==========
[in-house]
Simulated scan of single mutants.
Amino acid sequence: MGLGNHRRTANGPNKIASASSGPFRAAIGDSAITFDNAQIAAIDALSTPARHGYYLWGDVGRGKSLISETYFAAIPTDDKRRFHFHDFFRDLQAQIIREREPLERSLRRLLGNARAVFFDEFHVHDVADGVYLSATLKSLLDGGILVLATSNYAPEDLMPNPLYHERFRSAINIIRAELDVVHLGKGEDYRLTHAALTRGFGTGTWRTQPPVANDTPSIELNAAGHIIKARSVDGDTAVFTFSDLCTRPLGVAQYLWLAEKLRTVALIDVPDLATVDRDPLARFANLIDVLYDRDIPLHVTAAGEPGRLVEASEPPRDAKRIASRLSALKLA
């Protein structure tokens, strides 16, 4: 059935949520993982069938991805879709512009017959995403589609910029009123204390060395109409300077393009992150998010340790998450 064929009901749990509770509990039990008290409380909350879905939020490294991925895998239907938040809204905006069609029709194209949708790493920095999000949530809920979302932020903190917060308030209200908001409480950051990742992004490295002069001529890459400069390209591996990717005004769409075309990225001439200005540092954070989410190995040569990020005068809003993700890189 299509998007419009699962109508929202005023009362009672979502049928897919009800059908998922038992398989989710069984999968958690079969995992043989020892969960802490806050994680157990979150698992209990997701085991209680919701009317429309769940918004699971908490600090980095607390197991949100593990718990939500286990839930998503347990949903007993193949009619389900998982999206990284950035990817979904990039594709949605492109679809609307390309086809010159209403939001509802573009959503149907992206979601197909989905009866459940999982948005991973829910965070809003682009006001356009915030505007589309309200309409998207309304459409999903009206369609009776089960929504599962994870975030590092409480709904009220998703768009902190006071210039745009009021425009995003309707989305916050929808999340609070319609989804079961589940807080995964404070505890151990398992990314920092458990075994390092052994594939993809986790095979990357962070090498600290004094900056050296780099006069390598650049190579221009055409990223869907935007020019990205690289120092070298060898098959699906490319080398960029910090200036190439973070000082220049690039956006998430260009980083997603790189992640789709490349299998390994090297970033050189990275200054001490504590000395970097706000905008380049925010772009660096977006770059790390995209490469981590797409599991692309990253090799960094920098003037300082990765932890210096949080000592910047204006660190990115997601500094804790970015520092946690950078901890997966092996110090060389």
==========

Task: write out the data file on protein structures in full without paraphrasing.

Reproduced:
[in-house]
Simulated scan of single mutants.
Amino acid sequence: MGLGNHRRTANGPNKIASASSGPFRAAIGDSAITFDNAQIAAIDALSTPARHGYYLWGDVGRGKSLISETYFAAIPTDDKRRFHFHDFFRDLQAQIIREREPLERSLRRLLGNARAVFFDEFHVHDVADGVYLSATLKSLLDGGILVLATSNYAPEDLMPNPLYHERFRSAINIIRAELDVVHLGKGEDYRLTHAALTRGFGTGTWRTQPPVANDTPSIELNAAGHIIKARSVDGDTAVFTFSDLCTRPLGVAQYLWLAEKLRTVALIDVPDLATVDRDPLARFANLIDVLYDRDIPLHVTAAGEPGRLVEASEPPRDAKRIASRLSALKLA
């Protein structure tokens, strides 16, 4: 059935949520993982069938991805879709512009017959995403589609910029009123204390060395109409300077393009992150998010340790998450 064929009901749990509770509990039990008290409380909350879905939020490294991925895998239907938040809204905006069609029709194209949708790493920095999000949530809920979302932020903190917060308030209200908001409480950051990742992004490295002069001529890459400069390209591996990717005004769409075309990225001439200005540092954070989410190995040569990020005068809003993700890189 299509998007419009699962109508929202005023009362009672979502049928897919009800059908998922038992398989989710069984999968958690079969995992043989020892969960802490806050994680157990979150698992209990997701085991209680919701009317429309769940918004699971908490600090980095607390197991949100593990718990939500286990839930998503347990949903007993193949009619389900998982999206990284950035990817979904990039594709949605492109679809609307390309086809010159209403939001509802573009959503149907992206979601197909989905009866459940999982948005991973829910965070809003682009006001356009915030505007589309309200309409998207309304459409999903009206369609009776089960929504599962994870975030590092409480709904009220998703768009902190006071210039745009009021425009995003309707989305916050929808999340609070319609989804079961589940807080995964404070505890151990398992990314920092458990075994390092052994594939993809986790095979990357962070090498600290004094900056050296780099006069390598650049190579221009055409990223869907935007020019990205690289120092070298060898098959699906490319080398960029910090200036190439973070000082220049690039956006998430260009980083997603790189992640789709490349299998390994090297970033050189990275200054001490504590000395970097706000905008380049925010772009660096977006770059790390995209490469981590797409599991692309990253090799960094920098003037300082990765932890210096949080000592910047204006660190990115997601500094804790970015520092946690950078901890997966092996110090060389």